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The History of Mummification in Ancient Egypt

Death has always been one of the phenomena that frightened people because of its mysterious and incomprehensible character. Trying to explain it, societies of the past created various religious beliefs that offered their vision of death and suggested rituals on how to act to minimize fear. One of the most notable and famous cults was in Ancient Egypt as people had a detailed model of the afterlife. Mummification was one of the central rituals of this religion and can be considered one of the most ambiguous traditions of the past.

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The given ritual emerged from the unique ancient Egyptians’ attitude towards the afterworld. They were sure that the soul was immortal and death was a temporary state that would be followed by a new cycle when the given substance would come back (Sumegi, 2013). However, all individuals had to respect gods and pay during and after their life to guarantee that the immortal soul would reincarnate (Sumegi, 2013). At the same time, it was necessary to provide all the needed things for a person to live in the afterworld without any hardships. There were multiple household items, clothes, and magical spells in tombs that were created to guarantee that the soul of a deceased will enjoy its afterlife being.

However, one of the most notable and unusual rituals associated with this belief was mummification. As it has already been stated, ancient Egyptians were sure that one day a soul would return to its body. For this reason, it had to be prepared for this procedure and saved to ensure that there would be storage for the immortal soul. The mysterious character of this belief resulted in the emergence of several peculiarities associated with the creation of a mummy.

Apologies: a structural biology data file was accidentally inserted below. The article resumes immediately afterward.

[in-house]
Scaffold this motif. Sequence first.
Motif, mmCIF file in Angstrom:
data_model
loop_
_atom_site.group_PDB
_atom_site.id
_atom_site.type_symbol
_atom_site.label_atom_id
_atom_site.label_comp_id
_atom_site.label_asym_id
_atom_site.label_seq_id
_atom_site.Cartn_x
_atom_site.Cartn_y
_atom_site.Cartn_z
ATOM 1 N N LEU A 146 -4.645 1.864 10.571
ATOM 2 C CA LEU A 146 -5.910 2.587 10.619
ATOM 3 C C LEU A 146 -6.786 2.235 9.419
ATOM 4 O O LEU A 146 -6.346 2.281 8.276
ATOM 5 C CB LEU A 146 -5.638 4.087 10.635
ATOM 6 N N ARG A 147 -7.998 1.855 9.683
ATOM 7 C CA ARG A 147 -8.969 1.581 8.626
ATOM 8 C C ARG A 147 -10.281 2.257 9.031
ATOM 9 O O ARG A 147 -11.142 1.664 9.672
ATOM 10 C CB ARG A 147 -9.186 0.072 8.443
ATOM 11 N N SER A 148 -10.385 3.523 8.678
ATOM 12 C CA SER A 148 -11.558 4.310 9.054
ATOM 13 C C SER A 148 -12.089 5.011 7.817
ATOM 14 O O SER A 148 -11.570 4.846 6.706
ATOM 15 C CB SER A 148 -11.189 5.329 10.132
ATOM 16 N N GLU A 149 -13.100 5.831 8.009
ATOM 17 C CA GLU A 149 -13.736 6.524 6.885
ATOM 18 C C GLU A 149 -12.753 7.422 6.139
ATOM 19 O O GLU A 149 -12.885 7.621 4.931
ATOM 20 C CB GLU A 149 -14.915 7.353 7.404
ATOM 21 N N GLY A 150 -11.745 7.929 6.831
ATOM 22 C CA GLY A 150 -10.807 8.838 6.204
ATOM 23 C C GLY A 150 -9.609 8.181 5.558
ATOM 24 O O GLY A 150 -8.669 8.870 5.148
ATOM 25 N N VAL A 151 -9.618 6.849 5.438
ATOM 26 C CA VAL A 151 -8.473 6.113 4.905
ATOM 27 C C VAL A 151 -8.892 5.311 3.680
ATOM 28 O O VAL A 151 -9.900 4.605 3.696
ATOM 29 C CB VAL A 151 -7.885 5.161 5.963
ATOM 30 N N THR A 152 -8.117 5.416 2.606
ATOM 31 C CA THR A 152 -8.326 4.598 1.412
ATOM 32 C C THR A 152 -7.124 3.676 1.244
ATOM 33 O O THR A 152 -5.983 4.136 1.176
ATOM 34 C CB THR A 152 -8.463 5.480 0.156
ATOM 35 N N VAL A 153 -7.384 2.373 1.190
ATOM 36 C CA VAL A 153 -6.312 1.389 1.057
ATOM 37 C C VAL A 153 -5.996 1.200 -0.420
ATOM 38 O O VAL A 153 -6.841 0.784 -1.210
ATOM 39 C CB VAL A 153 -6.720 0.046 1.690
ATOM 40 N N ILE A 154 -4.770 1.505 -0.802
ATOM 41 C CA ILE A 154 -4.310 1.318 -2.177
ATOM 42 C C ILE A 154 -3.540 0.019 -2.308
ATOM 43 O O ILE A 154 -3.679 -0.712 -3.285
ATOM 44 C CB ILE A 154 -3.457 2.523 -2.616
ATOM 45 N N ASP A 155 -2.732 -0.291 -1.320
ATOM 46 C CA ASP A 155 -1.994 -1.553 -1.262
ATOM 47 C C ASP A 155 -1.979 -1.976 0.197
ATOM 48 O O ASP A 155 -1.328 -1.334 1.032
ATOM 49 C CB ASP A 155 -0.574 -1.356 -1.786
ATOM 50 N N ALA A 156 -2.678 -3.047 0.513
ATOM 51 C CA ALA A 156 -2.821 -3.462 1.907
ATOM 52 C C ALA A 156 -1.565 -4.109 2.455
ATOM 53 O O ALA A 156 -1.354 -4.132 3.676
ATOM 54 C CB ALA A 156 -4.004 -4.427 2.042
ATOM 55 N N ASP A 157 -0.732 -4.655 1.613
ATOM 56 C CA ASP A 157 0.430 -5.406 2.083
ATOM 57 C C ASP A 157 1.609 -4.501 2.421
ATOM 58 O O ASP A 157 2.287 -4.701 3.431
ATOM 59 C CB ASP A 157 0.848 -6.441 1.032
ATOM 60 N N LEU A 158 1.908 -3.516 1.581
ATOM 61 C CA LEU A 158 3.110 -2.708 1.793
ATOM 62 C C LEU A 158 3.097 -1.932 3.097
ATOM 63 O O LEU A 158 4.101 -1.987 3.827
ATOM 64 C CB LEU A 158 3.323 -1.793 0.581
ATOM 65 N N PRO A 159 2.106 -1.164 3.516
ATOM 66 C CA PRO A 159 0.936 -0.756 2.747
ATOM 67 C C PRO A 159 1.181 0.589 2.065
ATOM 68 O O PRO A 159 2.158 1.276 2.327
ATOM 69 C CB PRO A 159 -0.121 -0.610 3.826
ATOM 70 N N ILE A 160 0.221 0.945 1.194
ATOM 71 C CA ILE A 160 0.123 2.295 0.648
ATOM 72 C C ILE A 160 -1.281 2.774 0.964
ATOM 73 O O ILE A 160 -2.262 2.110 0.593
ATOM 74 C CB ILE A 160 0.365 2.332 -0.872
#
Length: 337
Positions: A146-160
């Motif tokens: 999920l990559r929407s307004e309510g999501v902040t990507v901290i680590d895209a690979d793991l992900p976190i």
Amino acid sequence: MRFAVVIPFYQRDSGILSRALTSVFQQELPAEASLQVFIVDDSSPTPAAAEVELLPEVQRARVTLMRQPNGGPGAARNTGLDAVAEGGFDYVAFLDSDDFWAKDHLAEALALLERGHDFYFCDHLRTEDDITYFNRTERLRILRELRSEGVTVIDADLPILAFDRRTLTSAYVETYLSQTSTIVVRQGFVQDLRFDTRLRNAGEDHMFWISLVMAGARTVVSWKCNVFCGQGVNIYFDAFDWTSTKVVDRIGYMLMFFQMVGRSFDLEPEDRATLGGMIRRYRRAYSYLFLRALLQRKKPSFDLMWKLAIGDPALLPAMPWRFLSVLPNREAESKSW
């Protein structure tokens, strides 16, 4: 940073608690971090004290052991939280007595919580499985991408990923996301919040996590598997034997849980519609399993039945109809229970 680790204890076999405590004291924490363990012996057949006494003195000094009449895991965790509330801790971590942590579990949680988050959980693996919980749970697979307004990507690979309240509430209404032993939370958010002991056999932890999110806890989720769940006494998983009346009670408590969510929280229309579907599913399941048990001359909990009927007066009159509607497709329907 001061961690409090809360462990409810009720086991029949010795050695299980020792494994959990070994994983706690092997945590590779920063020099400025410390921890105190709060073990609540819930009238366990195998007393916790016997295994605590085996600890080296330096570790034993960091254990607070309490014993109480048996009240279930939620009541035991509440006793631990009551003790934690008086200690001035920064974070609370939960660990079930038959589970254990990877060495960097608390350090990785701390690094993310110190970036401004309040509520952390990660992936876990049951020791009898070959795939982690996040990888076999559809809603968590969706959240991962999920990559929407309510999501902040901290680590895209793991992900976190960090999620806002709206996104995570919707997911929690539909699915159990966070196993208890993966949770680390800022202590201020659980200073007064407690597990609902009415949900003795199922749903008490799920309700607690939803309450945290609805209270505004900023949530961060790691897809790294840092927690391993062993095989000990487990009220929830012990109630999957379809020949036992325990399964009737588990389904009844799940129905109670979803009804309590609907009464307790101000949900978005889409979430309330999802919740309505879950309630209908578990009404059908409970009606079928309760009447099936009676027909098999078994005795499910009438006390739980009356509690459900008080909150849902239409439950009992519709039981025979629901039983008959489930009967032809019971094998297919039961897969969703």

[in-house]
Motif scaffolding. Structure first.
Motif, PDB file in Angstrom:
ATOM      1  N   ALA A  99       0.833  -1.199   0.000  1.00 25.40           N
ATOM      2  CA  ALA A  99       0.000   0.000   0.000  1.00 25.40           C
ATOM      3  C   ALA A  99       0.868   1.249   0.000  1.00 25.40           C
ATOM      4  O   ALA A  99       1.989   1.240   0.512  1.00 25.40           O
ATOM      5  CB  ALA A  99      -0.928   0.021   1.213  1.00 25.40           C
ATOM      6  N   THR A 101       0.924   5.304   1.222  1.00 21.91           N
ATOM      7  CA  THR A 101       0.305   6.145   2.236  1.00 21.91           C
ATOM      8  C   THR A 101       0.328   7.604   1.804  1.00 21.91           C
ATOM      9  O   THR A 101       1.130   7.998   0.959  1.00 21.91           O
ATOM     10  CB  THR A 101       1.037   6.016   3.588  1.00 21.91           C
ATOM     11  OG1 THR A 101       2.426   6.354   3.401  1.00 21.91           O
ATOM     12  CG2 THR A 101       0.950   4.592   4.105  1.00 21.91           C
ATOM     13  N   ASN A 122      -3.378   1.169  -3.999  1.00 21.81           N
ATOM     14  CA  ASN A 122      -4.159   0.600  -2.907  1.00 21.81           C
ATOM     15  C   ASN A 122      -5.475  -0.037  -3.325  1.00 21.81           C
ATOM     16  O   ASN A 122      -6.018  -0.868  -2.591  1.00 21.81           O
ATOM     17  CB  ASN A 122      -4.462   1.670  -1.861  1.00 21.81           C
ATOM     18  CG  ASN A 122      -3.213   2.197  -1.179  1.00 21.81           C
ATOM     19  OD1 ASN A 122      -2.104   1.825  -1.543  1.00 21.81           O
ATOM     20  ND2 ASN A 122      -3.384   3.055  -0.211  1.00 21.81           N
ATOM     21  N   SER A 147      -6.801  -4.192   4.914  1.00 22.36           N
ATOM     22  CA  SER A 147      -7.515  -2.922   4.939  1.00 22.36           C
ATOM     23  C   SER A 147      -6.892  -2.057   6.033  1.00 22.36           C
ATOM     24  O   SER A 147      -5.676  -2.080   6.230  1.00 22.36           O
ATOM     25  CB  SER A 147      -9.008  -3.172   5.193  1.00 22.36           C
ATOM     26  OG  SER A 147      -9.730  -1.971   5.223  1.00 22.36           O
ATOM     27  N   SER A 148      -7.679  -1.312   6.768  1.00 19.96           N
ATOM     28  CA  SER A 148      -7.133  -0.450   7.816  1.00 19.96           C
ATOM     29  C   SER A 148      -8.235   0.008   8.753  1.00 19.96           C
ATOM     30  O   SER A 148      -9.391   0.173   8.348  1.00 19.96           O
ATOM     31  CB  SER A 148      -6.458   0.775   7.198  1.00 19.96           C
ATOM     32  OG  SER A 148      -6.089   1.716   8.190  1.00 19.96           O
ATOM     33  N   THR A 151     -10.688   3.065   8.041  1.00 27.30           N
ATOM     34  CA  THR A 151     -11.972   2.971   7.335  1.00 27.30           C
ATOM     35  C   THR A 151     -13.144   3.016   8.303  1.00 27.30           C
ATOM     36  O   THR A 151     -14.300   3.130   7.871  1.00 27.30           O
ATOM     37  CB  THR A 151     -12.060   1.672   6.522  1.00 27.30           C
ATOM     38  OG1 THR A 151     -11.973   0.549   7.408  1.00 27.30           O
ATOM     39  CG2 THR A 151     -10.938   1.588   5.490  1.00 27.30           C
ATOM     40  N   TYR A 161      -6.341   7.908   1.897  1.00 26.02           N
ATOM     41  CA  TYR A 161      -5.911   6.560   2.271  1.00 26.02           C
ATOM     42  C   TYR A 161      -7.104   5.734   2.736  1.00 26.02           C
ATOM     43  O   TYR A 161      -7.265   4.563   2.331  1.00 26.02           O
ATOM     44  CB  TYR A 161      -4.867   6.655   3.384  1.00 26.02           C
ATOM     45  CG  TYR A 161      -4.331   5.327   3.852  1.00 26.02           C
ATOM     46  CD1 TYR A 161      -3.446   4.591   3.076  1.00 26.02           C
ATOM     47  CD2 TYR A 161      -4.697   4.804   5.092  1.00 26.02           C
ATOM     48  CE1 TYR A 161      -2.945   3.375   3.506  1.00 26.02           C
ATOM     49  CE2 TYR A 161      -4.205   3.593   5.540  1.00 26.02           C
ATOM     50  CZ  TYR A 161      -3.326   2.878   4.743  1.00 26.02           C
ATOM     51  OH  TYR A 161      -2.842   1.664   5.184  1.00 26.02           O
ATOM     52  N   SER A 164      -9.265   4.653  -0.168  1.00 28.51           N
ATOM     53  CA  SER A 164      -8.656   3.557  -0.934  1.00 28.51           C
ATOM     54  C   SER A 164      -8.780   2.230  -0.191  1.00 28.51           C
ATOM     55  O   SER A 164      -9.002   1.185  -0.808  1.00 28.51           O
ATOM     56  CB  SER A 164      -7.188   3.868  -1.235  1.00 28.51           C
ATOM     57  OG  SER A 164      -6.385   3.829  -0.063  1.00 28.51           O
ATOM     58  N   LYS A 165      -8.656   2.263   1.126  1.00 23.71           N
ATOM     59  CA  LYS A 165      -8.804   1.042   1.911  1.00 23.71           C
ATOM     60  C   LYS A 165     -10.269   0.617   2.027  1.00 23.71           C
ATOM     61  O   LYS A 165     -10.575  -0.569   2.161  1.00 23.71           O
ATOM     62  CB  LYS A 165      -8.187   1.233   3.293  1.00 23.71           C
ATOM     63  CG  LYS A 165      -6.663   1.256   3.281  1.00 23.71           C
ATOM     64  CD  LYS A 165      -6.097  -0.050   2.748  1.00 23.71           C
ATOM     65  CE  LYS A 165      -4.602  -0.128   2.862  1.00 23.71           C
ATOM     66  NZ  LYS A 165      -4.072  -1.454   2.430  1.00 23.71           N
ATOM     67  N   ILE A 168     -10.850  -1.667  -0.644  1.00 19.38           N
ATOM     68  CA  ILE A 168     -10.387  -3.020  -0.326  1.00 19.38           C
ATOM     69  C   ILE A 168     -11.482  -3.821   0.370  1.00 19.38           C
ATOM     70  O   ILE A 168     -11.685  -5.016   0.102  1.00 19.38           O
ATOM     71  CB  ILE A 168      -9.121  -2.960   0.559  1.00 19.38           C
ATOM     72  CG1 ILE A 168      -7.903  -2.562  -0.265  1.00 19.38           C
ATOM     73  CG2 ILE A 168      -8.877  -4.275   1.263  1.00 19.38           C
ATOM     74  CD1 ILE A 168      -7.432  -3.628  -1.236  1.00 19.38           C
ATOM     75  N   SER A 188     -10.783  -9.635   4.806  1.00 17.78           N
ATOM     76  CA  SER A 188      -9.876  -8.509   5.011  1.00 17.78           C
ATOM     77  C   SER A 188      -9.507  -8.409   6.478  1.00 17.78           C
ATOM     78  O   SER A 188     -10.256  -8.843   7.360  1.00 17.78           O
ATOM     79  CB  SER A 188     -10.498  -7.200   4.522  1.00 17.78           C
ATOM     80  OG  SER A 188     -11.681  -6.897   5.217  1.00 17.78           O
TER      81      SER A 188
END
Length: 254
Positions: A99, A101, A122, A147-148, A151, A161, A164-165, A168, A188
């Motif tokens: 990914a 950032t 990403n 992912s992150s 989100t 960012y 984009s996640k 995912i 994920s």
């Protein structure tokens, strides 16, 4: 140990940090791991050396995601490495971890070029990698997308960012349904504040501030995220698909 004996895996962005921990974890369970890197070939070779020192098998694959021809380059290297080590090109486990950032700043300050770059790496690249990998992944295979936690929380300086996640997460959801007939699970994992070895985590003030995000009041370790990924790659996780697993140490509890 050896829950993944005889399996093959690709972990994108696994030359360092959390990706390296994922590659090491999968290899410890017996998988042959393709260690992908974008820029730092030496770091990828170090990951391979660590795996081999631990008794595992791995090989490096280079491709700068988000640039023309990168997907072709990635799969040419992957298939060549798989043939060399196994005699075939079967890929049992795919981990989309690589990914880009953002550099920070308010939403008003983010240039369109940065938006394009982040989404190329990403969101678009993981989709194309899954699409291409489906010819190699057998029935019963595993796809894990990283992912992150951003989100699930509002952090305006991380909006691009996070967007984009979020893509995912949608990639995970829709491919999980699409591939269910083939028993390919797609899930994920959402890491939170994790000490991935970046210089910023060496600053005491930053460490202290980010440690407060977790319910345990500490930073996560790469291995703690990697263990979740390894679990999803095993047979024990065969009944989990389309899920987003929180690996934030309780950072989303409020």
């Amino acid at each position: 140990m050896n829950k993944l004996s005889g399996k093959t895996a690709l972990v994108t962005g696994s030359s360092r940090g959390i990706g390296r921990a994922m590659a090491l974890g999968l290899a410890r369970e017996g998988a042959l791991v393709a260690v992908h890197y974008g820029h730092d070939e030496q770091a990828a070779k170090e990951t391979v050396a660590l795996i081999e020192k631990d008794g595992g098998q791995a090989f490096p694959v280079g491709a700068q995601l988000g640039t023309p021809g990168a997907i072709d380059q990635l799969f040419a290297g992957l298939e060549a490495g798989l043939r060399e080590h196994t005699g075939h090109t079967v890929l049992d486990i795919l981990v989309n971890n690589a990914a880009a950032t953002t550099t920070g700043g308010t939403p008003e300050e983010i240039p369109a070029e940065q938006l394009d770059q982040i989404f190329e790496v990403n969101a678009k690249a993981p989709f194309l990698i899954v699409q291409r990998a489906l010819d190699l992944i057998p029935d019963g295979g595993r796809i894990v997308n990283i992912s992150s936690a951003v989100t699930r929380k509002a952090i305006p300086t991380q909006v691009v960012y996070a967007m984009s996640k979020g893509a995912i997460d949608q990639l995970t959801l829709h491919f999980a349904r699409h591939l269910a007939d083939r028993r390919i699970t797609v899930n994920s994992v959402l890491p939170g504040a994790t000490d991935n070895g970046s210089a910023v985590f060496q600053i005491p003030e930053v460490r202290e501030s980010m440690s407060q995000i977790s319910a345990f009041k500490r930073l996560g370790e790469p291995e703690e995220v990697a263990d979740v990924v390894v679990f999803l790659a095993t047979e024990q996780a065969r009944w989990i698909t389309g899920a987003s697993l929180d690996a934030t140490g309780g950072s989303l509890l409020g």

First, the body of a deceased had to be prepared for the long journey of a soul that used to live in it. That is why specially trained priests removed internal organs through the cut in the left side of the body (Jeremiah, 2014). It was made to avoid corruption as they were the first to decompose and damage the container for a soul (Jeremiah, 2014). The liver, lungs, and stomach were washed, dried, and put in special canopic jars created to store the viscera that would be needed in the future life (Jeremiah, 2014).

The heart was not removed as it was considered the major organ responsible for intelligence, feelings, and existence in the afterlife. Then, that body was placed in natron for 70 days to eliminate all liquids and ensure its better preservation (Jeremiah, 2014). Finally, after this long period, the corpse was washed again, covered by oils, and wrapped by the strips of the linen that would help to protect it from the physical damage and guarantee that a soul would have the place to return.